Milk has long held a critical role in society, even if it’s not immediately apparent. It’s one of our most important food sources, countless people drink it daily, including babies and children to spur their growth, and it’s featured in some of the most memorable ads of the past 25 years (“Got milk?”).
It’s anything but basic, and its necessity is currently the subject of a new exhibition, simply titled “Milk,” at the Wellcome Collection in London, through September 10, that takes on the subject with close attention to milk’s societal impact on global politics, economics, and culture. The show looks at milk’s deep-rooted past to humanity, our present relationship with the superfood, and our changing perceptions of it and how that might impact milk’s future.
Curated by Marianne Templeton and Honor Beddard, “Milk” features over 100 works ranging from objects used in infant feeding and farming to advertisements and public health posters, as well as works of contemporary art and new artist commissions.
One of the first works you see is a giant, black cow udder, stretched and sagging from carrying milk. Made of metal, coal dust, textile, and paint, Julia Bornefeld’s 1995 untitled hanging sculpture draws out how a maternal body, both human and animal, as both a site of extraction and care, a recurring theme across the exhibition.
But first some history. Dairy products, and methods of their preservation, date back centuries, with that ancient history represented here by a Roman terracotta model of a mule carrying two trays loaded with cheeses, dating to the 3rd or 2nd century BCE. Milk consumption largely spread because of European colonialization, which imposed the drink as a cultural standard; European dairy cattle breeds, like the Holstein-Friesian, are still the most common globally. Though, according to wall text explaining the “Story of Milk,” around two-thirds of the world’s population has difficulty digesting milk, especially into adulthood.
In an eight-minute animated video titled White (2022), Danielle Dean highlights the role of milk as a tool for colonial narratives. She explores the impact of dairy cattle in the area around Mount Taranaki in New Zealand, a place deforested by British colonial settlers in the 19th century to create grazing pastures. The video shows the forest covered in white matter contaminating it. Nature’s destruction gives way to green fields dotted with cows. The animation runs on a loop, going back to the forest showing an imagining of what it could look like if it were rewilded.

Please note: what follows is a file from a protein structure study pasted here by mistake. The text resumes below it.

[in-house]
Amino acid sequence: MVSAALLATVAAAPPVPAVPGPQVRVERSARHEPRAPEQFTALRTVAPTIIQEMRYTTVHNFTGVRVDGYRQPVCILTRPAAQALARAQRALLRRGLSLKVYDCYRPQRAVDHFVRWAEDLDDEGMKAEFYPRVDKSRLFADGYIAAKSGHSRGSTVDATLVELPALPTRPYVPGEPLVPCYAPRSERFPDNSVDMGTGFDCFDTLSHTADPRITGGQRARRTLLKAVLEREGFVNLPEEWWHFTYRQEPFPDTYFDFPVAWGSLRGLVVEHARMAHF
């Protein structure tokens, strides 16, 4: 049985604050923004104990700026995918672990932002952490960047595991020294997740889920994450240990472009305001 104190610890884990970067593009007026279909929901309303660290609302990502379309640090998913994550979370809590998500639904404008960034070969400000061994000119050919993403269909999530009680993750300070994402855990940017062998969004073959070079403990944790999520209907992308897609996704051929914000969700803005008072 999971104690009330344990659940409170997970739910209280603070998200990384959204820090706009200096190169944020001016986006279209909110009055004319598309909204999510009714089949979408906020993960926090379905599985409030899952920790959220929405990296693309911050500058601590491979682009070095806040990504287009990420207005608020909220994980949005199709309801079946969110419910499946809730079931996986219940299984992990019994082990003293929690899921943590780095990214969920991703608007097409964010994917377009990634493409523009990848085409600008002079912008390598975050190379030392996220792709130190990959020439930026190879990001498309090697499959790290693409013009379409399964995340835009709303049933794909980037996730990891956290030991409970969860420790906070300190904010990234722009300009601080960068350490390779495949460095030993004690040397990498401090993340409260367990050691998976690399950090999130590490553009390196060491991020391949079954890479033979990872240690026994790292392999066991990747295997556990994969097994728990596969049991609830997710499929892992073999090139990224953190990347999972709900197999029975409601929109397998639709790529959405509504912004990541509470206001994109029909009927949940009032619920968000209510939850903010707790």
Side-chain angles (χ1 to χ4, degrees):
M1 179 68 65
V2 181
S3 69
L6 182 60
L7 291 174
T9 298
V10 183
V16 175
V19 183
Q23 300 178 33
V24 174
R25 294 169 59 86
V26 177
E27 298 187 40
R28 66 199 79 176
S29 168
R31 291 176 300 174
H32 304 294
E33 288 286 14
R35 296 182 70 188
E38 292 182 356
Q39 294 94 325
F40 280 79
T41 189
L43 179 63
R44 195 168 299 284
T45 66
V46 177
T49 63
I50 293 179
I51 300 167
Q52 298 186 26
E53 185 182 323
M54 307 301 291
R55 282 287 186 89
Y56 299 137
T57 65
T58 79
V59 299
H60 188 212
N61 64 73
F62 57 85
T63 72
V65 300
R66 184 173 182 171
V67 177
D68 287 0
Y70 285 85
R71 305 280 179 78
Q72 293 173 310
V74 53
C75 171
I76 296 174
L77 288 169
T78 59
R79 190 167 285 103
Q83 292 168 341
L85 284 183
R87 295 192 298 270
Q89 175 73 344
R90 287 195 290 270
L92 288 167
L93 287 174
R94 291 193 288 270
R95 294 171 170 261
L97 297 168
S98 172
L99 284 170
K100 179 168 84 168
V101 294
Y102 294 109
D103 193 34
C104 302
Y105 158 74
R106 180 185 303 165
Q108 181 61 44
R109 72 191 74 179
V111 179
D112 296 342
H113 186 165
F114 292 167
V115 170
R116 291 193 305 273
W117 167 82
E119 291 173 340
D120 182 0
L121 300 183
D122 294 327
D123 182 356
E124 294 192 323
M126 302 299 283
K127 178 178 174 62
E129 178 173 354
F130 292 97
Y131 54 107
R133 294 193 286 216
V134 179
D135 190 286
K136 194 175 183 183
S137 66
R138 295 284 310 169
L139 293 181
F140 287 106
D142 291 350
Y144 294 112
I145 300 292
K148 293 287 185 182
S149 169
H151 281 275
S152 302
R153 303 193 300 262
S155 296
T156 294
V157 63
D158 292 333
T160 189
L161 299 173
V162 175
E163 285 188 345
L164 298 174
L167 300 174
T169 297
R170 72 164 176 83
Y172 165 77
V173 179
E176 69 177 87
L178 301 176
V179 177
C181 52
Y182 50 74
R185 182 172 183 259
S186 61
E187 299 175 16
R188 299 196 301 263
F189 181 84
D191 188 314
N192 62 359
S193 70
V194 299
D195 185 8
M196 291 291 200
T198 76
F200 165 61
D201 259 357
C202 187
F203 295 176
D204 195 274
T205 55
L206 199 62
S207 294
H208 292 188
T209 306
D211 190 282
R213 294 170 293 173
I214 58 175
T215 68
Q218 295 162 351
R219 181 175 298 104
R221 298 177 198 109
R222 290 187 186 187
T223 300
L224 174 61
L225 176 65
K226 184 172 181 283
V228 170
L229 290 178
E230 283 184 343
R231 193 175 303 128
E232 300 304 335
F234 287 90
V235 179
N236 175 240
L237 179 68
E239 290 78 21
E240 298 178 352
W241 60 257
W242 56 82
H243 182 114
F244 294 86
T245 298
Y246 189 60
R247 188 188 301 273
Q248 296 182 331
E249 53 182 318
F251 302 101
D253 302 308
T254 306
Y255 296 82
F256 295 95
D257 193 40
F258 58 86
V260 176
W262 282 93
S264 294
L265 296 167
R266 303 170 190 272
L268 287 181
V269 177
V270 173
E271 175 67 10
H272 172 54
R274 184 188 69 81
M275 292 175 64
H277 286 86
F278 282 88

“The animation imagines what the forest would have been like before it was cleared,” Templeton said in an interview. “The artist worked with the Ngāruahine Iwi, who are one of eight Iwi (Māori tribes) in the Taranaki region, to research the plants and animals, and has reconstructed an imagined version of the landscape through a layering of intricately detailed watercolor drawings.”
The show’s primary focus, however, is on the modern milk system, looking at how it became a central part of people’s diets. Milk consumption became popularized in Britain with the rise of coffeehouses in the 17th and 18th centuries, which expanded during the Industrial Revolution. As the urban population grew, so did the demand for milk. A two-minute video titled “The Daily Round: The Story of Milk Production and Distribution” shows the Express Dairy company pasteurizing milk with advanced equipment in their factory before being transported on milk trains. Large dairy corporations took control of production as dairy products became centralized. (Today, dairy farms rely on labor from migrant workers, which has decreased since Brexit and has been further exacerbated by Covid-19 and the war in Ukraine.)
In the US, beginning in the early 20th century, milk’s popularity was aided by powerful marketing campaigns that at times weren’t what they seemed. Advertisers created campaigns promoting the white nuclear family as the face of milk; the underlying emphasis on “purity” was not subtle. It also gave eugenicists like Herbert Hoover (later the 31st US President) the tool to argue his racist pseudo-theory of associating the purity of “natural” milk with ideologies of whiteness and racial hierarchy. A 1920s advertisement included in the show quotes Hoover saying, “The white race cannot survive without dairy products.”